Tuesday, December 18, 2018

Old Photos

Once in a blue moon I will open a box of old photographs stored on the top shelf of the clothes closet. 
It is awkward to get down and it is stuffed with packets of 4x6’s from the years before computers and it is at times fun and bittersweet to see what I was up to.  I am surprised that my hair was raven colored and I was much thinner than I am now.  There are trips to the mountain to visit friends who had a wonderful cabin in an old mining town, trips to California to go on painting encounters and wonderful sojourns to Italy, France, Africa and Asia.

There I am standing in front of a temple in the sweltering heat of Thailand, then a shot of the most handsome male I ever met, a 70- foot reclining gold deity all stretched out for one and all to admire.  There I am on a small Vietnamese boat on Hai Phong Bay hardly aware that there was an awful war with these people not too long ago.  

I am hiking with our guide in the desert highlands of Madagascar and I remember that I suffered heat stroke that evening.  I didn’t have water on the hike into Monkey Valley and I was so thirsty that I drank unfiltered water from a stream. I was exhausted, no appetite, nauseated, and vomited outside the dining hall that evening.

There are photos of friends long gone, others who just drifted away with job changes and moving to another state, photos of people who betrayed their loyalty and I get a sinking feeling when at I look at them.

I think maybe it is best not to disturb that box filled with history. Should I dump it or just let it molder away in darkness?

Sunday, December 9, 2018

Run Away Watermelon

Seattle is very fussy about its trash.  We have containers for recycling, one for composting and one for garbage. In the alley behind my condo complex, our dumpsters are not all together so one has to separate materials to go into three different containers in three different locations.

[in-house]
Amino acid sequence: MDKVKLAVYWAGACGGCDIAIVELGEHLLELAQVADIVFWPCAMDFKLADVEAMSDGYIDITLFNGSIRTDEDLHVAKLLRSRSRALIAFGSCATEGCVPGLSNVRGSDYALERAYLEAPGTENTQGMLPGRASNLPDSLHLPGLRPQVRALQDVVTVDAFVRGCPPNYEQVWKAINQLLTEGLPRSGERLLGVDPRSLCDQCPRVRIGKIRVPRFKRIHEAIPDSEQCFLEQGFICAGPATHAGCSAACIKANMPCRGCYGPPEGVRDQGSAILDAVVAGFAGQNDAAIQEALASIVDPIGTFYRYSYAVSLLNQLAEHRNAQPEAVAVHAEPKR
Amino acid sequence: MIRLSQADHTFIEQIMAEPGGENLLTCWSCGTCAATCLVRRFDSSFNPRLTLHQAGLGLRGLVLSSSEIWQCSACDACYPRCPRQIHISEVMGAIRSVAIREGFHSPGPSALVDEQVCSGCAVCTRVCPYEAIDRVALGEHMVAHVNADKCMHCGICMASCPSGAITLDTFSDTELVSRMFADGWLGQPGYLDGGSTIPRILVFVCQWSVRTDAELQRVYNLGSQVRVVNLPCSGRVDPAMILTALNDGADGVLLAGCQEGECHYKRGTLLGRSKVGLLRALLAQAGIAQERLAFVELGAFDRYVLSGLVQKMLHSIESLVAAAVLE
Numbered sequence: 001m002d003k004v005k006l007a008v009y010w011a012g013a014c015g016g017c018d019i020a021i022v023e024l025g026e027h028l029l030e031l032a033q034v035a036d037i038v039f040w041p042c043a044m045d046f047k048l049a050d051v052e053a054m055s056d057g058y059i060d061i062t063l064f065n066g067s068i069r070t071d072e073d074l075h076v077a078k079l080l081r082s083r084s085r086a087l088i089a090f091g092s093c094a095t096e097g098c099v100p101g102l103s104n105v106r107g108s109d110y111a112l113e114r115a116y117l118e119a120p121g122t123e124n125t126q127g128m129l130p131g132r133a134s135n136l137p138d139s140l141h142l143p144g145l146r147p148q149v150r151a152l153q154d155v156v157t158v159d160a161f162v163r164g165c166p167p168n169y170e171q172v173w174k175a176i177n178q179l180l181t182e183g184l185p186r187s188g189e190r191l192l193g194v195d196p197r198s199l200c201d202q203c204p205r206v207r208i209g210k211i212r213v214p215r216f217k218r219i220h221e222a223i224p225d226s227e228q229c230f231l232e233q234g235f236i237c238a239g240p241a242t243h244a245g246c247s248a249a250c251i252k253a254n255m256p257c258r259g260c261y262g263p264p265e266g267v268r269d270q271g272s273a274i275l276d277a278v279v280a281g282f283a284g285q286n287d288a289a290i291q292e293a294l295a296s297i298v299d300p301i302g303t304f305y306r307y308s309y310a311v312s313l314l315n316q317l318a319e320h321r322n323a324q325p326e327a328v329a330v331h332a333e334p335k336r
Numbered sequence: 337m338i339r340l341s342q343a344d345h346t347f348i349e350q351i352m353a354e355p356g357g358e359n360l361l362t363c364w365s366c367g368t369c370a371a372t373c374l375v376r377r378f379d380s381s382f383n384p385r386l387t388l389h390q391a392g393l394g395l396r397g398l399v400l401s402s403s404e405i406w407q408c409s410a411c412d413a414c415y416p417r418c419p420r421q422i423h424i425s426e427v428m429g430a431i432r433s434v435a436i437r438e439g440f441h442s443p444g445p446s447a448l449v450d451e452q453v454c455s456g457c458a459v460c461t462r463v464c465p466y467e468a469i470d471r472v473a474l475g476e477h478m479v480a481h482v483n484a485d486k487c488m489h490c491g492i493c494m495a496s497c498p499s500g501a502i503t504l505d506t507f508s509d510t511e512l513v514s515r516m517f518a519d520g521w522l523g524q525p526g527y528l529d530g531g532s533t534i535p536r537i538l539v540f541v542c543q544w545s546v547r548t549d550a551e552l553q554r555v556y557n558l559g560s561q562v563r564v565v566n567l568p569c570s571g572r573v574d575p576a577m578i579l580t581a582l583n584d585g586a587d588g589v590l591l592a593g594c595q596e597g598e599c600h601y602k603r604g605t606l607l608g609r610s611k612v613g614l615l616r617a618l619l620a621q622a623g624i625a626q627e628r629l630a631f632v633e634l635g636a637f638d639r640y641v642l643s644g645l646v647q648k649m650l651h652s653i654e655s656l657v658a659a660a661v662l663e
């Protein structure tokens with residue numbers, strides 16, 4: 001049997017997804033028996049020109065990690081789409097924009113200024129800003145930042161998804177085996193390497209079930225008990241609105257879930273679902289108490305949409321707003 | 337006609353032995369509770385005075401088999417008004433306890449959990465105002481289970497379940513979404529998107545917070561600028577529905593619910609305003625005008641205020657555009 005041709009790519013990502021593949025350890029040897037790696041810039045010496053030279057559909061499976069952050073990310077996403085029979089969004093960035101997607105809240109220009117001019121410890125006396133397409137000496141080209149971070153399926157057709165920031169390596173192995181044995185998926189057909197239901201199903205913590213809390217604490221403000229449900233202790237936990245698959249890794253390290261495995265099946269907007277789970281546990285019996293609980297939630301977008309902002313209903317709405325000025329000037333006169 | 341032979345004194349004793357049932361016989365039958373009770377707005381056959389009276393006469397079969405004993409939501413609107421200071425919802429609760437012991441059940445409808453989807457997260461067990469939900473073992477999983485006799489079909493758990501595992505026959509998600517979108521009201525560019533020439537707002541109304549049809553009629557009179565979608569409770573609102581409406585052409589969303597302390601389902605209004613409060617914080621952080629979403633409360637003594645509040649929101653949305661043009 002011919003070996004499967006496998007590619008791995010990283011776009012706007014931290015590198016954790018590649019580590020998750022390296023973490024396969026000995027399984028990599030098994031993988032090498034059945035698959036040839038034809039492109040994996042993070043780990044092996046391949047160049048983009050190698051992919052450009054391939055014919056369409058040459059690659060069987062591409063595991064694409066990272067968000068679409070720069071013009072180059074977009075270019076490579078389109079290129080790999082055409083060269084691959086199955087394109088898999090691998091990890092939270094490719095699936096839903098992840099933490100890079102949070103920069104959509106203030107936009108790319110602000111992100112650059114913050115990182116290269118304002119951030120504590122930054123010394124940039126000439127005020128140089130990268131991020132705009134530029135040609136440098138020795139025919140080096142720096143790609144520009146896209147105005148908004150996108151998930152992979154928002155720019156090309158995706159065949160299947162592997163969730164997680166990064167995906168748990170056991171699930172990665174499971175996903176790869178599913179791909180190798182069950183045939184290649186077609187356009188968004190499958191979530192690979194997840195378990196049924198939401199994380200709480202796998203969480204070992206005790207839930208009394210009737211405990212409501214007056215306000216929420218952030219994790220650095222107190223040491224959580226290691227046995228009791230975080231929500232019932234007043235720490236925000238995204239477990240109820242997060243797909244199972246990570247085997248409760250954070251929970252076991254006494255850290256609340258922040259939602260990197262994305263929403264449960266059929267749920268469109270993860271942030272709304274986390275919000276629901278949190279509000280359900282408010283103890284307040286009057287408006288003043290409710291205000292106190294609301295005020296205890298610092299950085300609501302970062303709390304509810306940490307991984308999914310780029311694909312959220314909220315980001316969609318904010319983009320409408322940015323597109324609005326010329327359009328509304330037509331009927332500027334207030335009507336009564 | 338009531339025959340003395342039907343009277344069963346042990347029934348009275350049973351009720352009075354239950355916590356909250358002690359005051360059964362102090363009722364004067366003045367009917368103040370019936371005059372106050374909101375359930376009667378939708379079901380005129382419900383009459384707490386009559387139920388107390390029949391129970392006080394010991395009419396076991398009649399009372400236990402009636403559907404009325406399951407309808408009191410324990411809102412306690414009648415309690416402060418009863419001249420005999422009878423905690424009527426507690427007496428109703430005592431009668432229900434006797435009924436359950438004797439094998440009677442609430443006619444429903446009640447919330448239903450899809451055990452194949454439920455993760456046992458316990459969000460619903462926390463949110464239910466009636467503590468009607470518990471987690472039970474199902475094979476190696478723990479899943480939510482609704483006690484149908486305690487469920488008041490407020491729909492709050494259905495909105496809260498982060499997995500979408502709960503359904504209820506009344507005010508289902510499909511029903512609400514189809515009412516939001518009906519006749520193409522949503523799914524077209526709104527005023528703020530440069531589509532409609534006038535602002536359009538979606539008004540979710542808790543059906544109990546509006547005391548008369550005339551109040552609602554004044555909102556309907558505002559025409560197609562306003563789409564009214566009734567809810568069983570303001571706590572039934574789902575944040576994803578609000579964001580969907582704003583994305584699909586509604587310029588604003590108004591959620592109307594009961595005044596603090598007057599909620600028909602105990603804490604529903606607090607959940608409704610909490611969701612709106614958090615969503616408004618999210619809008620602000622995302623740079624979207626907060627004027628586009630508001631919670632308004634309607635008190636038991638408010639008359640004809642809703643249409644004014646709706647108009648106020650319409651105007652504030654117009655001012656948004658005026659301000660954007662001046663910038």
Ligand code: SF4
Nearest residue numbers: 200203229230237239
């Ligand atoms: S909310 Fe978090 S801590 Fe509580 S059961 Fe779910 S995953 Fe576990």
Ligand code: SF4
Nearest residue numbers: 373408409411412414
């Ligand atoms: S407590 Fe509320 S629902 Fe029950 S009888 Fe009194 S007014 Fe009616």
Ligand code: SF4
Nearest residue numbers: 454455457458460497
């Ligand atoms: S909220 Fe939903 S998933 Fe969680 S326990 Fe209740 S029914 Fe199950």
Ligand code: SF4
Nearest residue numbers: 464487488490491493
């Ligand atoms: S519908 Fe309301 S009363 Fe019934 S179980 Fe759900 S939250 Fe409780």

I had a bag of trash in one hand ready for the garbage and another bag with a whole personal watermelon which had staged its last days in my vegetable crisper ready to add to compost.  I had put it in a bio bag which is a little slick.  Our alley is slightly canted and runs downhill towards the Sound. I placed the bio bag of watermelon down on the concrete while I put the garbage in the dumpster but as I was doing it the watermelon started to roll.  

At first I tried to grab it, then it started to gain speed, my sandals were not meant for running so I moved quickly to try to get ahead of the racing watermelon to stop it with my foot but the melon simply bounced over my foot and took off speeding.  I raced along side it to try to move it towards our neighbor building but it was focused on blazing ahead at greater speed.  Realizing I could possibly fall down and knock myself out or fracture an arm I gave myself one more try and was able finally to stop it with one frantic effort it before it bounced into the street.

It was a scene from an Abbot and Costello movie.  I had hoped someone else had observed it and I am still laughing about it.

Friday, November 9, 2018